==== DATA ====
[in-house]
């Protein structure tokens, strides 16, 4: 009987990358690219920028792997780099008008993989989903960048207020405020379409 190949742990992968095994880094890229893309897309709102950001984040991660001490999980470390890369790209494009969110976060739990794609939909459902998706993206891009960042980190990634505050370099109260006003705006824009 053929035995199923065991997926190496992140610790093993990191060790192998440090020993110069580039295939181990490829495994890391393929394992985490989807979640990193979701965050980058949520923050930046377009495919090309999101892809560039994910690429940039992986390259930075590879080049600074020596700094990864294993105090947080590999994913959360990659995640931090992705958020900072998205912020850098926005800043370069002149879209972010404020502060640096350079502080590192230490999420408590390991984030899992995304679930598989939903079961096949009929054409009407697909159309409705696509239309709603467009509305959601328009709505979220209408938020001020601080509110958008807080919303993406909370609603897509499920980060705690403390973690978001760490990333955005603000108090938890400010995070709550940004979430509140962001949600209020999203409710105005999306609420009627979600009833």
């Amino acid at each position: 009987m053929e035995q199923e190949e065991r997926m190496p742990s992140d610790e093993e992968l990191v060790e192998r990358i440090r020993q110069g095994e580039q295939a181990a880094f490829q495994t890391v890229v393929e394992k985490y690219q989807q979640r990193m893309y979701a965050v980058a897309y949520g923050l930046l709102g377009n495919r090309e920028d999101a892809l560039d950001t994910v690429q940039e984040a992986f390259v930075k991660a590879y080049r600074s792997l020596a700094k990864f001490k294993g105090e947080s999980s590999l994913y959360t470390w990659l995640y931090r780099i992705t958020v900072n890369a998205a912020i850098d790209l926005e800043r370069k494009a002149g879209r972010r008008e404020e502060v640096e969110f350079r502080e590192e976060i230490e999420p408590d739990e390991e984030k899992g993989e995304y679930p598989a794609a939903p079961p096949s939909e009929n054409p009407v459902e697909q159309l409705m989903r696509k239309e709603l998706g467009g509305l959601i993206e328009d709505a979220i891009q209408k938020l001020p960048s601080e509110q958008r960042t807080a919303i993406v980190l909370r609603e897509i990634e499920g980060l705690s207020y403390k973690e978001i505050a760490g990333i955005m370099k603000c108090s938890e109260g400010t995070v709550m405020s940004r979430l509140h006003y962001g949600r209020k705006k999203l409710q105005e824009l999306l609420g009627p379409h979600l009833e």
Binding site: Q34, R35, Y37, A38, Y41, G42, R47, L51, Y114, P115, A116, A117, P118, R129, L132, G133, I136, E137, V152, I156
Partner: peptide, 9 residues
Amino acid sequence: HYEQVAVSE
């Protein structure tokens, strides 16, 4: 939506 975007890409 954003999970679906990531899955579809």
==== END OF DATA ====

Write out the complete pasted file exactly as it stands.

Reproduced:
[in-house]
């Protein structure tokens, strides 16, 4: 009987990358690219920028792997780099008008993989989903960048207020405020379409 190949742990992968095994880094890229893309897309709102950001984040991660001490999980470390890369790209494009969110976060739990794609939909459902998706993206891009960042980190990634505050370099109260006003705006824009 053929035995199923065991997926190496992140610790093993990191060790192998440090020993110069580039295939181990490829495994890391393929394992985490989807979640990193979701965050980058949520923050930046377009495919090309999101892809560039994910690429940039992986390259930075590879080049600074020596700094990864294993105090947080590999994913959360990659995640931090992705958020900072998205912020850098926005800043370069002149879209972010404020502060640096350079502080590192230490999420408590390991984030899992995304679930598989939903079961096949009929054409009407697909159309409705696509239309709603467009509305959601328009709505979220209408938020001020601080509110958008807080919303993406909370609603897509499920980060705690403390973690978001760490990333955005603000108090938890400010995070709550940004979430509140962001949600209020999203409710105005999306609420009627979600009833």
């Amino acid at each position: 009987m053929e035995q199923e190949e065991r997926m190496p742990s992140d610790e093993e992968l990191v060790e192998r990358i440090r020993q110069g095994e580039q295939a181990a880094f490829q495994t890391v890229v393929e394992k985490y690219q989807q979640r990193m893309y979701a965050v980058a897309y949520g923050l930046l709102g377009n495919r090309e920028d999101a892809l560039d950001t994910v690429q940039e984040a992986f390259v930075k991660a590879y080049r600074s792997l020596a700094k990864f001490k294993g105090e947080s999980s590999l994913y959360t470390w990659l995640y931090r780099i992705t958020v900072n890369a998205a912020i850098d790209l926005e800043r370069k494009a002149g879209r972010r008008e404020e502060v640096e969110f350079r502080e590192e976060i230490e999420p408590d739990e390991e984030k899992g993989e995304y679930p598989a794609a939903p079961p096949s939909e009929n054409p009407v459902e697909q159309l409705m989903r696509k239309e709603l998706g467009g509305l959601i993206e328009d709505a979220i891009q209408k938020l001020p960048s601080e509110q958008r960042t807080a919303i993406v980190l909370r609603e897509i990634e499920g980060l705690s207020y403390k973690e978001i505050a760490g990333i955005m370099k603000c108090s938890e109260g400010t995070v709550m405020s940004r979430l509140h006003y962001g949600r209020k705006k999203l409710q105005e824009l999306l609420g009627p379409h979600l009833e």
Binding site: Q34, R35, Y37, A38, Y41, G42, R47, L51, Y114, P115, A116, A117, P118, R129, L132, G133, I136, E137, V152, I156
Partner: peptide, 9 residues
Amino acid sequence: HYEQVAVSE
């Protein structure tokens, strides 16, 4: 939506 975007890409 954003999970679906990531899955579809």